The plaintiff in the Supreme Court case argued that Harvard Univer sity’s affirmative action process denies Asian Americans admittance in favor of Black, Hispanic, and Native American students. Schools that practice holistic admissions do not prioritize one student char acteristic over the other.
Carolina case. The plaintiff argued that unfairly focusing on admit ting Black and Hispanic students violated the 14th amendment and UNC’s promise to provide “equal” opportunities to all students de spite race.
A different admissions strategy Cabrini’s “holistic” approach to admissions stems from its mission statement. The university practices its commitment to social justice by giving all students an equal opportunity in the admissions pro cess.
Some Cabrini students worry that racial quotas affect the admissions process. Leah Freeman, first-year pre-med major, understands that race is an important aspect of a student’s character but struggles with allowing it to be the deciding factor.
“Race shouldn’t be the only issue that gets a student into a college,” Freeman said. She worried that racial quotas would prevent some students from gaining admittance. Affirmative action “would help to diversify schools. However, it could also not be an equal opportu nity,” she said. Cabrini does not consider racial quotas during the admissions process.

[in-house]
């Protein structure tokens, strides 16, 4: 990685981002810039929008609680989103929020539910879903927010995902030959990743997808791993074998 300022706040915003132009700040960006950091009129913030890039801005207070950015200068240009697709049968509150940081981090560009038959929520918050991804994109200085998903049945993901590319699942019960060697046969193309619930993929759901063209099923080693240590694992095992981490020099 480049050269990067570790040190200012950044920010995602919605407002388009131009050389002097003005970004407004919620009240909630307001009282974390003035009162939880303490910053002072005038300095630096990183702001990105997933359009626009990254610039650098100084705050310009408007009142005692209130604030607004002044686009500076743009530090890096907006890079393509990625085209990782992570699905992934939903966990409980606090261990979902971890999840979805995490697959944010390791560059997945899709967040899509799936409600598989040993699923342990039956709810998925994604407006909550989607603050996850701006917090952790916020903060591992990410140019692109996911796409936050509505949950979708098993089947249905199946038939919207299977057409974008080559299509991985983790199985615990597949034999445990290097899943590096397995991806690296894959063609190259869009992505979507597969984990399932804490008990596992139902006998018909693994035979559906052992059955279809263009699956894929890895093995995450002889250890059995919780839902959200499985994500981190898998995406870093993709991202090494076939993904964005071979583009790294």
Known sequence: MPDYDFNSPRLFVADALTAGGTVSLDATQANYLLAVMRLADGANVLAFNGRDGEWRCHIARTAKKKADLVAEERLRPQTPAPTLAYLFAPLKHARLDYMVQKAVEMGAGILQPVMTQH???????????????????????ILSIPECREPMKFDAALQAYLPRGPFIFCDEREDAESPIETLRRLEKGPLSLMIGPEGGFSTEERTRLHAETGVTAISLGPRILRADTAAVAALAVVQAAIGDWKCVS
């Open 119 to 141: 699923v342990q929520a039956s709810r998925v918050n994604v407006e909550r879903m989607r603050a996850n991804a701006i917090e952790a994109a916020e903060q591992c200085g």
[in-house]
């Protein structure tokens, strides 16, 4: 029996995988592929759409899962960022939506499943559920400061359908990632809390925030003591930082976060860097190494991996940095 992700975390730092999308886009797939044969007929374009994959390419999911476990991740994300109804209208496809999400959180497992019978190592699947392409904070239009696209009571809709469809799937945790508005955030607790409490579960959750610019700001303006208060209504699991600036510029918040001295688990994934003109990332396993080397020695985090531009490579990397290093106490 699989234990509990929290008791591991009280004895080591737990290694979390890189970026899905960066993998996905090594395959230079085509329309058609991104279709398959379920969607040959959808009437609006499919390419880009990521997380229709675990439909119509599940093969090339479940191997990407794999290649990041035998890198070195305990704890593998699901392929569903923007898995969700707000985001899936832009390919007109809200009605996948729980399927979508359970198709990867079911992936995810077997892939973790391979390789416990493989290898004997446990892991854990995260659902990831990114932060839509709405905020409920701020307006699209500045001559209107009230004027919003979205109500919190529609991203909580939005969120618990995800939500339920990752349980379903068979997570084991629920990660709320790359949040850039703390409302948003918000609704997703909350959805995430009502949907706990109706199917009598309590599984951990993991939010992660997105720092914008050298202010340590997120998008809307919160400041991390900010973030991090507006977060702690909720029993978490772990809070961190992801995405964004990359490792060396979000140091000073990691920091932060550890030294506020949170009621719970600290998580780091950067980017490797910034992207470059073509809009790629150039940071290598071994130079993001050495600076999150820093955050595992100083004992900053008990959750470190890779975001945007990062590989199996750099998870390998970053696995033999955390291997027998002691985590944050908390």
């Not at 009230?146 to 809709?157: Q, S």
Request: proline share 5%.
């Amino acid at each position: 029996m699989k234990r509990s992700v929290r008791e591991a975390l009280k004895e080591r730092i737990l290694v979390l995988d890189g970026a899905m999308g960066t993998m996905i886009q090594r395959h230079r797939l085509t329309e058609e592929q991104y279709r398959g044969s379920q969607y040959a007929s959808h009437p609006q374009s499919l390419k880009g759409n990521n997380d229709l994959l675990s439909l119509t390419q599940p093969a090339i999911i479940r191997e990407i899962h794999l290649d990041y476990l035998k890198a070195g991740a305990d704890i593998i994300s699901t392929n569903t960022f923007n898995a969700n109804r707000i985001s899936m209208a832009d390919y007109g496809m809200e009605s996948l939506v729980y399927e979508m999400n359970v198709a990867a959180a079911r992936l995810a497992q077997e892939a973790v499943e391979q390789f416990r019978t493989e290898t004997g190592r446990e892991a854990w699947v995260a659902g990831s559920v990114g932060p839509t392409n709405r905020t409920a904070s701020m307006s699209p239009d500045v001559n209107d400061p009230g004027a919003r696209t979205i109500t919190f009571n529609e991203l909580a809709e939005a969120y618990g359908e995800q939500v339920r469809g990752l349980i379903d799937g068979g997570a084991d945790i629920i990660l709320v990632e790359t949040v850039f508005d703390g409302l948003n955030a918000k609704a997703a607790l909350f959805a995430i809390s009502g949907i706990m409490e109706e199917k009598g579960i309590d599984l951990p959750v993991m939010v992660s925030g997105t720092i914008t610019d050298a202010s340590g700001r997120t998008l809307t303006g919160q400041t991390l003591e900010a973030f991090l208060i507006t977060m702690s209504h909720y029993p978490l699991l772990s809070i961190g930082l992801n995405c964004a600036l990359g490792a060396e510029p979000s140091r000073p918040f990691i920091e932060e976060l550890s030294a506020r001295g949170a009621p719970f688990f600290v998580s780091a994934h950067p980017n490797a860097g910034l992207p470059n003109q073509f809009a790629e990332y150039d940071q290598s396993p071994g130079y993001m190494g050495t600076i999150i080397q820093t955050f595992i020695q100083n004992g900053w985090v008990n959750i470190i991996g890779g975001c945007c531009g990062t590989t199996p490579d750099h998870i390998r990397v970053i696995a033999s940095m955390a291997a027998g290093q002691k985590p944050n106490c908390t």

Grace Hoath, sophomore music major, believes knowing a student’s race is unnecessary in admissions but argued there is value in both holistic review and affirmative action.
Emana Johnson, first-year education graduate student, hopes that holistic admissions prevent racial stereotyping. Johnson believes that a student’s grade point average is considered more important by admissions counselors than their race. Cabrini admissions coun selors are assigned schools by location, so they grow familiar with each school’s academic offerings.
“[Students] understand that we have a population that is reflective of the community that they come from,” she said. The relationships that admissions counselors build with high schools and the depart ment’s mission-focused attitude give them a better overview of pro spective students.
The holistic admissions approach encourages combining students’
academic achievement and experience as measures for their pos sible success within the university. If the Supreme Court decides to remove race-conscious admissions, Cabrini will not suffer as badly as more selective schools.